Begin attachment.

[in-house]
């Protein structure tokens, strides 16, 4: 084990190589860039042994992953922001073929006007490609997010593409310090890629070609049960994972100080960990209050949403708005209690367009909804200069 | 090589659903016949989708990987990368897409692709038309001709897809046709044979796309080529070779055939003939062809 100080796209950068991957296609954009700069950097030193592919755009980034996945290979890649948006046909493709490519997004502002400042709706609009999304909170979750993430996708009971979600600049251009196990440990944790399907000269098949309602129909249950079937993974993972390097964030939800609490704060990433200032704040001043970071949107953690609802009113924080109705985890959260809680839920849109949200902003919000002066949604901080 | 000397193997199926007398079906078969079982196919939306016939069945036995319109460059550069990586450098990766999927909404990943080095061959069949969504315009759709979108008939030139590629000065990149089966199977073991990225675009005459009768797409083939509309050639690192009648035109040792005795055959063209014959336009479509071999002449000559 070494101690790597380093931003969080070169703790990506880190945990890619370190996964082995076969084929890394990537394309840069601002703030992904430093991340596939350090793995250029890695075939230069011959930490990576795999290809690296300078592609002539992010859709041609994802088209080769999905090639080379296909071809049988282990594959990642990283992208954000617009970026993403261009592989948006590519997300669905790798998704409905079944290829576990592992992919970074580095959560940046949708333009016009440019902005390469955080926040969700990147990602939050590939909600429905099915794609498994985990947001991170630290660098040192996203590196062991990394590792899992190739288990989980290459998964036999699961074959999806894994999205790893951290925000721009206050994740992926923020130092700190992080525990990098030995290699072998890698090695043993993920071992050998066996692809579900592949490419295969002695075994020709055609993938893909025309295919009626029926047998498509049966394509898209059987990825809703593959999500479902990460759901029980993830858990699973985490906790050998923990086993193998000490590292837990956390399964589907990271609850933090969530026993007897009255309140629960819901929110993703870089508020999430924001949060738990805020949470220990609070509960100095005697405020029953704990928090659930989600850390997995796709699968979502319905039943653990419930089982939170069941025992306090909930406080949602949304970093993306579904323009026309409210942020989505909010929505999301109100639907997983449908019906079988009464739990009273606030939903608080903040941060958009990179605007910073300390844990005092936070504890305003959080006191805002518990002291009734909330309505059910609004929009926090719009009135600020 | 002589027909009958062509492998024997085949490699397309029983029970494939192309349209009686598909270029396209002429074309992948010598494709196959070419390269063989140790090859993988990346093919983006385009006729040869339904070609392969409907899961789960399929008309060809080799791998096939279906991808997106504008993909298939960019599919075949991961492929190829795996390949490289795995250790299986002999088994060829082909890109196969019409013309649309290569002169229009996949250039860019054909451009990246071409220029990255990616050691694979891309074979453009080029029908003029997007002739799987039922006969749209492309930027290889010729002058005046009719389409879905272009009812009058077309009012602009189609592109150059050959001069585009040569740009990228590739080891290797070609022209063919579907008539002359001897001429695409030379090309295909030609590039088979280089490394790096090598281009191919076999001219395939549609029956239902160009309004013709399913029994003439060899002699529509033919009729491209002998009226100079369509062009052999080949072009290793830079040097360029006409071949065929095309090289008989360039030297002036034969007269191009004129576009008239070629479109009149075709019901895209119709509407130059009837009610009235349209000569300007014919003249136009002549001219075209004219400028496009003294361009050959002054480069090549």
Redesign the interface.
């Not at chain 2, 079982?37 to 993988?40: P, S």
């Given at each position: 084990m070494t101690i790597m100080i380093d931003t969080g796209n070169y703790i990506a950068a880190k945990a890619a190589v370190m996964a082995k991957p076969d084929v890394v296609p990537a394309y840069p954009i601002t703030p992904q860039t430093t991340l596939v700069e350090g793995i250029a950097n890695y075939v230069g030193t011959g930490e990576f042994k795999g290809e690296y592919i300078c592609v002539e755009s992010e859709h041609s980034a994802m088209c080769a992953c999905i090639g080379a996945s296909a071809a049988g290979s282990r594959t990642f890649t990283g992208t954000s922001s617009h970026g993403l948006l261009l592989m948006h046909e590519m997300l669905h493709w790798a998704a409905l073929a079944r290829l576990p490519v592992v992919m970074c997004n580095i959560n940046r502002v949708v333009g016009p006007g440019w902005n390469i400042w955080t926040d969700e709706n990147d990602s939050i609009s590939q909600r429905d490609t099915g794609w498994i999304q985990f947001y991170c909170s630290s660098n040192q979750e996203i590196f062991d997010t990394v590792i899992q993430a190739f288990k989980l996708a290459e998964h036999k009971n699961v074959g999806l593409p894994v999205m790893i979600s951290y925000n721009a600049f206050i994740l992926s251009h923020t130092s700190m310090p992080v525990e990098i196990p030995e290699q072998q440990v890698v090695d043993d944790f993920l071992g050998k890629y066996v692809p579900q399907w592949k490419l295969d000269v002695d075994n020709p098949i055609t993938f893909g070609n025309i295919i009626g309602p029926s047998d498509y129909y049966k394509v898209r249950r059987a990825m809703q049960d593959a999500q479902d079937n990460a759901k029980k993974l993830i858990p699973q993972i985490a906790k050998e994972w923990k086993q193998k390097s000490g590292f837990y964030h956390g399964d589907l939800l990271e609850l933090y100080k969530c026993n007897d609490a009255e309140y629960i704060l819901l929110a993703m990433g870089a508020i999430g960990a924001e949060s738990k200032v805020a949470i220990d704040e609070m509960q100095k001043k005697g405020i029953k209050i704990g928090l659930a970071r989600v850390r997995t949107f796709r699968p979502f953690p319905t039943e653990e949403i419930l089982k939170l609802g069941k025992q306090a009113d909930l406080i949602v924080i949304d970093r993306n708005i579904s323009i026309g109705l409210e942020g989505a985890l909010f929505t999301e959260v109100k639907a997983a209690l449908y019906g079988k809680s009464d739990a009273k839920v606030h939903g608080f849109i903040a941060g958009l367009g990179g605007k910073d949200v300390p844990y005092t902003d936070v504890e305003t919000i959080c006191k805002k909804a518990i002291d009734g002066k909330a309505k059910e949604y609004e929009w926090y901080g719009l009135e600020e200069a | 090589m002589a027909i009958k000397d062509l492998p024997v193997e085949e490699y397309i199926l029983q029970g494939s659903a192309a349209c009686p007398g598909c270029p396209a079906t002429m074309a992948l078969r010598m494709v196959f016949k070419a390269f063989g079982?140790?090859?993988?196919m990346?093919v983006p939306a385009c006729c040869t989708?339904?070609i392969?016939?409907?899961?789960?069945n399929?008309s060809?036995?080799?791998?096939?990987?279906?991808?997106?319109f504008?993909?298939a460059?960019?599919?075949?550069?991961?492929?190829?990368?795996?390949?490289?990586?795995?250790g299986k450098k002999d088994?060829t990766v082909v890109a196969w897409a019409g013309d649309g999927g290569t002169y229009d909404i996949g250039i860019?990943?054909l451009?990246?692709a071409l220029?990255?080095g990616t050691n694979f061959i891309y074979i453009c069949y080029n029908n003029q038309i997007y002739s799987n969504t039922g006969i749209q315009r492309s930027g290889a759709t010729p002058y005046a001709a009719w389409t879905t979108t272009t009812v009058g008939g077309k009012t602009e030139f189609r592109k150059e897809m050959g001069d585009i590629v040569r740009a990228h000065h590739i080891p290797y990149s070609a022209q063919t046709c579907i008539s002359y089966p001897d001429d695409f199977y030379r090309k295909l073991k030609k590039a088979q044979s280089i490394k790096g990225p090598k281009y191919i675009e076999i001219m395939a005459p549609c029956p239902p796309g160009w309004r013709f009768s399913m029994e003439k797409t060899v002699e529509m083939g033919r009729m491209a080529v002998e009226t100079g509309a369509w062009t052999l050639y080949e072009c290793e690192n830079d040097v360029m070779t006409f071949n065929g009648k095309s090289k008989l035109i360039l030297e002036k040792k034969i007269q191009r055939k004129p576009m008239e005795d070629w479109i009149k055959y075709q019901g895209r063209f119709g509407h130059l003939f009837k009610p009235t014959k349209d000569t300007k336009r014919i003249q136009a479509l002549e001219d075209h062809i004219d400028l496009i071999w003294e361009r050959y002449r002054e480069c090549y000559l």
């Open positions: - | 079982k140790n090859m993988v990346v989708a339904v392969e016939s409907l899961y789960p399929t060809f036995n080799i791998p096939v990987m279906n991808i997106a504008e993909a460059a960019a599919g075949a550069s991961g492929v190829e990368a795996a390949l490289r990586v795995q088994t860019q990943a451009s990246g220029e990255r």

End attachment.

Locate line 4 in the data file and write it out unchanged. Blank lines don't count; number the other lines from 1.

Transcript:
């Not at chain 2, 079982?37 to 993988?40: P, S």